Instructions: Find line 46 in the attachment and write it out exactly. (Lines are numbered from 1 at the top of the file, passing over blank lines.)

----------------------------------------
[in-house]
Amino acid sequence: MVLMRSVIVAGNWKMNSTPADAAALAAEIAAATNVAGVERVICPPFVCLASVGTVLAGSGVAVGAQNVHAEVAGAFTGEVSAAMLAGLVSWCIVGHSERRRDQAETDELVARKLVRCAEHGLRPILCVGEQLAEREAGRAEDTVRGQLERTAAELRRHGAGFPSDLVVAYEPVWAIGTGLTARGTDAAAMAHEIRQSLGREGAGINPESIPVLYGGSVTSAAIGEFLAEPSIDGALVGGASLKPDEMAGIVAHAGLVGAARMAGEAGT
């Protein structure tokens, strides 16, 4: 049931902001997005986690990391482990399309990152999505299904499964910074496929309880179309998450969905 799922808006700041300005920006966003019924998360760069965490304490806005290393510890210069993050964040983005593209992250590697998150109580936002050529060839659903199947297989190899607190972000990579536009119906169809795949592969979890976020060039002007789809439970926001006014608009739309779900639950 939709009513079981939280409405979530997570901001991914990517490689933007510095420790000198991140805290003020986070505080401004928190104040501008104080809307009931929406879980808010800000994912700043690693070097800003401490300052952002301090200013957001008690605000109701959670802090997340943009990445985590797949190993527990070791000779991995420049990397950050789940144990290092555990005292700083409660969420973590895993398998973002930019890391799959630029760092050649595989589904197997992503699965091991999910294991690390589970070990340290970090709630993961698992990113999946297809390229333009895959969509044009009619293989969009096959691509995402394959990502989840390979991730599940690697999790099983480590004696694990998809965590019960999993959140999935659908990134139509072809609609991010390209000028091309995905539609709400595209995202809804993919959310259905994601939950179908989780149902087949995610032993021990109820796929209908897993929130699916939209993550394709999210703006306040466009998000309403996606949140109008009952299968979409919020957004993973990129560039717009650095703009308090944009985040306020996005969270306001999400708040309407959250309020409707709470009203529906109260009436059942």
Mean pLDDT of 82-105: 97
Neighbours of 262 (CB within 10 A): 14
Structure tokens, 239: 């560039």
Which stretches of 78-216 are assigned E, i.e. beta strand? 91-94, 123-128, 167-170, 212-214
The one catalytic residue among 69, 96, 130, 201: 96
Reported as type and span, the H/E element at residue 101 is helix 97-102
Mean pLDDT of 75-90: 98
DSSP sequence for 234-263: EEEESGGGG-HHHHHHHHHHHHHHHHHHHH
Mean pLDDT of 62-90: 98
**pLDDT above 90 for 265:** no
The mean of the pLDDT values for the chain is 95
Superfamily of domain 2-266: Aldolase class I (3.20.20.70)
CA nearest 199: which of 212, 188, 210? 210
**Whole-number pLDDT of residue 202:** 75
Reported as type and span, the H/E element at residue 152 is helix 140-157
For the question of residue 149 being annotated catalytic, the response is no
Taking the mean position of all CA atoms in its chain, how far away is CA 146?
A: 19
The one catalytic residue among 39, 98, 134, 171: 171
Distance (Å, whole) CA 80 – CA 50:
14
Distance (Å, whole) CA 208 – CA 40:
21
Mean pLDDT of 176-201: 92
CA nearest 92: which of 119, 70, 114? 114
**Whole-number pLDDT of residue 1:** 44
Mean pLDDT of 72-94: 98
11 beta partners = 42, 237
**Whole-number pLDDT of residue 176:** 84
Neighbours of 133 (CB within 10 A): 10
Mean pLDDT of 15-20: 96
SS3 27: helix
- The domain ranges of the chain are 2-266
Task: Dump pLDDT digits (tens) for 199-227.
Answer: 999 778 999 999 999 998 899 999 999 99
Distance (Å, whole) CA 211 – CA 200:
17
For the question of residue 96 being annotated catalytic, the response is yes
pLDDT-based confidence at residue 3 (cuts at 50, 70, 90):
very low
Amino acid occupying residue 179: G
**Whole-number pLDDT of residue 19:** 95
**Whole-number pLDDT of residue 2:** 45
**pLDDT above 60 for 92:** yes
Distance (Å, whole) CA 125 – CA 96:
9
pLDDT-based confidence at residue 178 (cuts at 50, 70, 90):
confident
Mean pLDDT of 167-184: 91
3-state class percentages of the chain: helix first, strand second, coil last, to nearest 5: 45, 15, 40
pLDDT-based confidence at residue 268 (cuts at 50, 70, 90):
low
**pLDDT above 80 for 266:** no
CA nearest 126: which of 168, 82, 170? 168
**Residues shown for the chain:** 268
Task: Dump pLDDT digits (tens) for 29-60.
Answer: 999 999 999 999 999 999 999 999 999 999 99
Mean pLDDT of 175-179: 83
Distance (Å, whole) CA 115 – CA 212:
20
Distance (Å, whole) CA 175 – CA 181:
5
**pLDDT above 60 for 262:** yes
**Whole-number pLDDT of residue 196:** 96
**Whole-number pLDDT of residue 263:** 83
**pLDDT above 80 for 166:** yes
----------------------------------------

**Whole-number pLDDT of residue 2:** 45